Young businesswoman Mmabatho Montse-Hlabangane is founder of Tea Tree & CO, a boutique interior design studio in Johannesburg. Image: Supplied.
JOHANNESBURG -  Astute entrepreneur Mmabatho Montse-Hlabangane says she is excited to be among 15 businesswomen selected to take part in this year’s EY Entrepreneurial Winning Women programme in Johannesburg.

The leading accounting firm describes the programme as an executive leadership programme that identifies a select group of high-potential women entrepreneurs whose businesses show real potential to scale — and then helps them do it.

Montse-Hlabangane is the founder and sole director of boutique interior design studio Tea Tree & CO.

The company’s product offering includes silk flowers, luxury 100 percent organic cotton bed linen, accessories, home furniture and décor, contemporary artwork and gifts. 

She also runs ANH Investment Holdings with her husband, through which they acquired their franchise business, a Steers and Fishaways combo, on the East Rand. Montse-Hlabangane holds a 51 percent shareholding in the company and oversees its day to day operations.

She holds a bachelor’s degree in business administration from Regenesys Business School, a BCom honours degree in business management, and a certificate in marketing, both from Unisa.

The businesswoman says she is excited to be in the EY programme.

Young businesswoman Mmabatho Montse-Hlabangane is founder of Tea Tree & CO, a boutique interior design studio in Johannesburg. Image: Supplied.
“I mean EY is one of the leading accounting firms globally! Getting to meet like-minded women is fantastic, as most will agree – entrepreneurship is very lonely,” she says.

“This programme will provide me, as a business owner, with endless opportunities. It will definitely assist me (to) structure my business processes more efficiently. And I believe it will bring great opportunity in terms of access to the market.”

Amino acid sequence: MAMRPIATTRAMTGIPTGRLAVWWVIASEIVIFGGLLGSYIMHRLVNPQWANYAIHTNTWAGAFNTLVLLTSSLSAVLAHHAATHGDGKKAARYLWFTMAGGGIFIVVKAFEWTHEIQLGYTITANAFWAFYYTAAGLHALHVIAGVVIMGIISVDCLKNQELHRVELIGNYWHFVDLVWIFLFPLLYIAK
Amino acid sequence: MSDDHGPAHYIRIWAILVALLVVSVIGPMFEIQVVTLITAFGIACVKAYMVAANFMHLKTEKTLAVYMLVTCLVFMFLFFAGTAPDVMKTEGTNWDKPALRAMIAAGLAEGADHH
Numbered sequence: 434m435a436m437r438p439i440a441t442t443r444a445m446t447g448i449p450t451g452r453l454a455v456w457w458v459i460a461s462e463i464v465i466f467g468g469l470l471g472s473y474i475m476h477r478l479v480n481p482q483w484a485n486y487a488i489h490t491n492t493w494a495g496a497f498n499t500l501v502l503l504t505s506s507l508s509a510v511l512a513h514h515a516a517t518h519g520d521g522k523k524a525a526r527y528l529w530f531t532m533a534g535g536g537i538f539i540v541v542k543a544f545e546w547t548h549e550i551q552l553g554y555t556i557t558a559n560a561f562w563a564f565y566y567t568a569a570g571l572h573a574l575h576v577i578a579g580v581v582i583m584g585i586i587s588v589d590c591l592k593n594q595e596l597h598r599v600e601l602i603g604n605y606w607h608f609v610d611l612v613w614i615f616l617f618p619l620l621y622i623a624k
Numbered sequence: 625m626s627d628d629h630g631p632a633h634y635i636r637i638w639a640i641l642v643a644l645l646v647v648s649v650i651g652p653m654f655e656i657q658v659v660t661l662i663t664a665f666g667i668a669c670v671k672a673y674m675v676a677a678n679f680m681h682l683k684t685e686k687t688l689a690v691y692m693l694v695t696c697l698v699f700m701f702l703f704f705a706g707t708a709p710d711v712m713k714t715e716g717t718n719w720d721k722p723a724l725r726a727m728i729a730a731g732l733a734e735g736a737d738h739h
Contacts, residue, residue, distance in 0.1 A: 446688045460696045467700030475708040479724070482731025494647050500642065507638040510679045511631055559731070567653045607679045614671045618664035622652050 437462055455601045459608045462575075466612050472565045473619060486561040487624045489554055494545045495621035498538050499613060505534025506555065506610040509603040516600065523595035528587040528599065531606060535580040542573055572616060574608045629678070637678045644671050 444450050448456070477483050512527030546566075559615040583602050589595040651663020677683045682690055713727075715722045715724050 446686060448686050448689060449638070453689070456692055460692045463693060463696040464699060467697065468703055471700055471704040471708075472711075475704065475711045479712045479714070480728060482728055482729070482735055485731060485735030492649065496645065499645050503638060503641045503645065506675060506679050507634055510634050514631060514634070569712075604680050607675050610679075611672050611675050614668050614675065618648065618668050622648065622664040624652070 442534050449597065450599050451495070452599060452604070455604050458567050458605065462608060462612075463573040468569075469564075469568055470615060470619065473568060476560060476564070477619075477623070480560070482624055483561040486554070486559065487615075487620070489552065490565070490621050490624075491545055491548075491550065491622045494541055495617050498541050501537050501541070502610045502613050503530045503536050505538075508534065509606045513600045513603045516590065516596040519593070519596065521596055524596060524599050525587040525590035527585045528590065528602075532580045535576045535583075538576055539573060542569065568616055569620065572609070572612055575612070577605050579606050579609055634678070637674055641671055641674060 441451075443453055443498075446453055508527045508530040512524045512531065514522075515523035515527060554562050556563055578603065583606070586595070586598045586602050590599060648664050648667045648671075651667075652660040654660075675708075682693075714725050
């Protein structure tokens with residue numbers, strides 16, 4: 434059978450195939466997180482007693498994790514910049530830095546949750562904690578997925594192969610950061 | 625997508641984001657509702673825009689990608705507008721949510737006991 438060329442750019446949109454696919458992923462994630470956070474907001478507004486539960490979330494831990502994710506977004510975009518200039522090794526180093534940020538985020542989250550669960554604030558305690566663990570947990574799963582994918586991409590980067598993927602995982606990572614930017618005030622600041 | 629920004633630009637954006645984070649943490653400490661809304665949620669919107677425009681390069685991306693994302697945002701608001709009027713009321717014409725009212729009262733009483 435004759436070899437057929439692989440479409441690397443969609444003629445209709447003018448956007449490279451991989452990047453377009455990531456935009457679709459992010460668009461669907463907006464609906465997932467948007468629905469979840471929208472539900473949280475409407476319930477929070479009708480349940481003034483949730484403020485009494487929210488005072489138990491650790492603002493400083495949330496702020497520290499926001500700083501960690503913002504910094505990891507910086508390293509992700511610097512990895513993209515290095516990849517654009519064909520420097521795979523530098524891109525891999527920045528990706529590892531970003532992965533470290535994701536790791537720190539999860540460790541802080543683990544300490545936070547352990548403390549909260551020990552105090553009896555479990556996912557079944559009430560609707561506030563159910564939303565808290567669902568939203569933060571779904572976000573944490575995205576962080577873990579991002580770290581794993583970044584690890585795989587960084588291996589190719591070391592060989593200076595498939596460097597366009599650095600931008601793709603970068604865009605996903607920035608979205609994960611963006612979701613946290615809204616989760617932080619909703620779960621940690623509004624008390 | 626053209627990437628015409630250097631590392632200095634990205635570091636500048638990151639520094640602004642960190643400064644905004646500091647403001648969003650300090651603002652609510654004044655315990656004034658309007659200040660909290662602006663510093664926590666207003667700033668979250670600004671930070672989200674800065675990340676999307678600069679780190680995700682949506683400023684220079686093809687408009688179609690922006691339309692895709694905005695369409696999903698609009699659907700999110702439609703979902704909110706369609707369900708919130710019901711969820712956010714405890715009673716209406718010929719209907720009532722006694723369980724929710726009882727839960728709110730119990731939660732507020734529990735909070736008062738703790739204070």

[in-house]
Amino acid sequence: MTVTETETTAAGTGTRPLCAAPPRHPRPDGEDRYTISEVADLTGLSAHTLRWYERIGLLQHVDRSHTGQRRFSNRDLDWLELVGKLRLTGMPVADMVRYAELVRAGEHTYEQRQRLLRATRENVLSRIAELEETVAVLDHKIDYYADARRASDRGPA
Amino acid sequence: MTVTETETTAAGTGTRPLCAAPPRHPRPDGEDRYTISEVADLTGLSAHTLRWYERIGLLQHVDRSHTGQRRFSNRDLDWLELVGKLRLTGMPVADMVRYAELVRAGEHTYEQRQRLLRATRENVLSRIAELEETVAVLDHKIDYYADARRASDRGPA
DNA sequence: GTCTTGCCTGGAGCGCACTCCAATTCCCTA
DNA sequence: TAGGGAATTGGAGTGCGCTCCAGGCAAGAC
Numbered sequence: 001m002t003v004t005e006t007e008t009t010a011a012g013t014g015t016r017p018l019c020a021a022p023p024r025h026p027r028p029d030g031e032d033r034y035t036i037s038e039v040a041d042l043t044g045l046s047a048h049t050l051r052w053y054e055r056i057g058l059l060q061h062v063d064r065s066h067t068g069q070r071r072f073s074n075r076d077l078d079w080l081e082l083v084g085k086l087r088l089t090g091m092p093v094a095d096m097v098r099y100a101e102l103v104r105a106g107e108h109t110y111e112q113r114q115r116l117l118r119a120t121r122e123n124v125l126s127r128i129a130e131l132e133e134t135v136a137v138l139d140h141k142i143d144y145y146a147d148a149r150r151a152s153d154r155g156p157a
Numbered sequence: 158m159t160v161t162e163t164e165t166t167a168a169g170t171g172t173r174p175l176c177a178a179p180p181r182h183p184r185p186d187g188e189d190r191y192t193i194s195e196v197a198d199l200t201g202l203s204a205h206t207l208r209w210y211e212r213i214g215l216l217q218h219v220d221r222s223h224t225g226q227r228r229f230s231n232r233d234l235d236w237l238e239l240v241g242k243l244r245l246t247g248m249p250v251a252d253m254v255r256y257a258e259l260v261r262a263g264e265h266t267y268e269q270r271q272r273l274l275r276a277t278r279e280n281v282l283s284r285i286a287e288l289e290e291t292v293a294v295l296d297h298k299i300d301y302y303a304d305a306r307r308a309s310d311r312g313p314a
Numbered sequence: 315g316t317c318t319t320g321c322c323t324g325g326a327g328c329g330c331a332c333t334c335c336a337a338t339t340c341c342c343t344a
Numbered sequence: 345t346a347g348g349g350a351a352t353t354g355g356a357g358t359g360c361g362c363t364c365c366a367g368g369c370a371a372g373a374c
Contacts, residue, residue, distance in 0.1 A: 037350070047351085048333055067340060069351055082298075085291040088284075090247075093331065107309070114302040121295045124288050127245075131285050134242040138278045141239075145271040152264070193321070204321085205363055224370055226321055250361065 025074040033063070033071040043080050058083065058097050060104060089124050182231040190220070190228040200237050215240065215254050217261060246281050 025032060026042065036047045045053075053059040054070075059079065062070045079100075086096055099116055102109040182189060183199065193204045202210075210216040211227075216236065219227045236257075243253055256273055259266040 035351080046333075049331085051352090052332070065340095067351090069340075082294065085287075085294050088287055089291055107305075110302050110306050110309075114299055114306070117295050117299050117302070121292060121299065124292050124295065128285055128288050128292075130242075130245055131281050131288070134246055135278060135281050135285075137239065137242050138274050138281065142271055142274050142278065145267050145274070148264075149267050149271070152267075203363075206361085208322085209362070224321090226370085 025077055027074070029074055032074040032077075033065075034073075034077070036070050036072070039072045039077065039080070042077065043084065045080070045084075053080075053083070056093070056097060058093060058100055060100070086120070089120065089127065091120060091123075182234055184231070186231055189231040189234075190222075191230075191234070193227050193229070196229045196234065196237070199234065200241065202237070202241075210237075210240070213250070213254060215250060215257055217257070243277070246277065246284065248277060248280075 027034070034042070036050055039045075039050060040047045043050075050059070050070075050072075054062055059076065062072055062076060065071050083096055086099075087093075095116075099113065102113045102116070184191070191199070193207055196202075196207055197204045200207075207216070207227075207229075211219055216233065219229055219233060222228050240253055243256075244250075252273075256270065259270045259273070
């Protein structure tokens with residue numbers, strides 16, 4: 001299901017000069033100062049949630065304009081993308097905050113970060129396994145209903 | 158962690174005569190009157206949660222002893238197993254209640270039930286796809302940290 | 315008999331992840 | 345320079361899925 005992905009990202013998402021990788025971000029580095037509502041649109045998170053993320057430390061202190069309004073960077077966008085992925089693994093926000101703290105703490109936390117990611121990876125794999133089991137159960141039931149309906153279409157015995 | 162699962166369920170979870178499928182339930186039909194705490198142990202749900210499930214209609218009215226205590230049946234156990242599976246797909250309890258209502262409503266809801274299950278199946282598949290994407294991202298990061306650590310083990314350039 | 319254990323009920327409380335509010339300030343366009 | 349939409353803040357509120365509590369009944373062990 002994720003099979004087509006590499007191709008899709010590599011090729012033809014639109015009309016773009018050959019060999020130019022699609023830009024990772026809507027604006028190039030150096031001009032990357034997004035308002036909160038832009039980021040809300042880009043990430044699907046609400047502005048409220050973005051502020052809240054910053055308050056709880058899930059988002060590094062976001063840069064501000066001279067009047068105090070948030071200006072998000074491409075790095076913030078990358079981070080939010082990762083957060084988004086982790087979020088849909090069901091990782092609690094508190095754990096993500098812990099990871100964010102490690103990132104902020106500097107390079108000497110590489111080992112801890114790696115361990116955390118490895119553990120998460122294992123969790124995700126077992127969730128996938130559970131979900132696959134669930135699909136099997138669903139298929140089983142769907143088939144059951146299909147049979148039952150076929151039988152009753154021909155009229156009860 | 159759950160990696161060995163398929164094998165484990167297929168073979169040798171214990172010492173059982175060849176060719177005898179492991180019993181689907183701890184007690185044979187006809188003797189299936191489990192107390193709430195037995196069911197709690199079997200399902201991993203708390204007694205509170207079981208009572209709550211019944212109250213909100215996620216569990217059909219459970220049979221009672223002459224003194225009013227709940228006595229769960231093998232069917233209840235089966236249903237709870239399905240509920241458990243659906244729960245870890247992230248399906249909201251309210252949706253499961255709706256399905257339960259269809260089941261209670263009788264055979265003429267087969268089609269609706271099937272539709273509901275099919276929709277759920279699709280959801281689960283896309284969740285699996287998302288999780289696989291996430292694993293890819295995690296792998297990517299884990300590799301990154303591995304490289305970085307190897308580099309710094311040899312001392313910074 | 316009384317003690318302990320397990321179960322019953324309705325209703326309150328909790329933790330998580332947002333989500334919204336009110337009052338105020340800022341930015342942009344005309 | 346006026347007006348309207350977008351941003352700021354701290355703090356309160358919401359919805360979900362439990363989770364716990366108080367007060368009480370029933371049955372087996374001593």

Montse-Hlabangane says she has always been very enterprising and that she took her business acumen from her mother, who has never been employed but sold clothing items and vegetables to put food on the table. 

She explains that one of her reasons she ventured into entrepreneurship was to get much-needed financial freedom.

“I want to be able to impact people’s lives, and generally in order to do that, one needs resources,” says Montse-Hlabangane, who lives in the affluent and exclusive Midstream Estate, north of Johannesburg.

The young businesswoman, who turns 30 in a few days, says inasmuch as she wants to be wealthy so as to travel the world and provide her children with the best, she also has a strong passion for women and orphans in Africa, having been orphaned at age 17 herself.

She says it looks a lot of self-discipline and hunger to succeed to surmount her challenges. She says she was fortunate to have met amazing people who noticed her drive and willingness to go the extra mile.

“I made use of opportunities that were presented to me,” says Montse-Hlabangane, who started her first business at the age of 21, which subsequently failed.

She then ventured into a boutique travel agency, which she later sold and moved on because “I’m a big dreamer”.

Montse-Hlabangane, who considers herself as an authentic, self-aware and empathetic leader, says Tea Tree & CO. will be participating in an interior décor’s exhibition in Dubai this month (September).

Her vision for the business, she says, is for it to be a high-end global brand. She says her clients are corporate businesses and affluent homeowners.

Montse-Hlabangane, who has worked at JSE-listed hotel and casino group Tsogo Sun, women are still lagging behind in holding strategic leadership positions in the cut-throat business world.

“I think there is a lot of work to be done in this space. We are still lagging behind, not because women, black women, in particular, are not capable – but because big business is still predominantly owned by white men,” she says, lashing out at the so-called “boys’ clubs”.

“I think women lead better because by birth we are more empathetic than men. I think when people can relate to you as a person, as a human being, you’re most likely to get more out of them.”

Young businesswoman Mmabatho Montse-Hlabangane is founder of Tea Tree & CO, a boutique interior design studio in Johannesburg. Image: Supplied.

Montse-Hlabangane says she would love to have a few Tea Tree & CO. boutique studios across the country and abroad, and have a strong manufacturing element to the business as well.

She lists Malcolm Gladwell’s David and Goliath, Brene Brown’s Rising Strong, Gary Zukav’s The Seat of the Soul, and Judith Viorst’s Necessary Losses, as some of the books that have left an indelible mark on her”, adding: “These books have really just enabled me to navigate through this life thing.”

Montse-Hlabangane says she is proud of average businesswomen who continue to disrupt industries and do things they have been told we cannot do. 

“(I’m proud of) women business leaders who advocate for other women, and remain true to themselves when everything else in our environments tells us to be people we are not.”

She calls on wannabe entrepreneurs to believe in themselves and take pride in who they are. “Be genuine, people see it. Just be real.”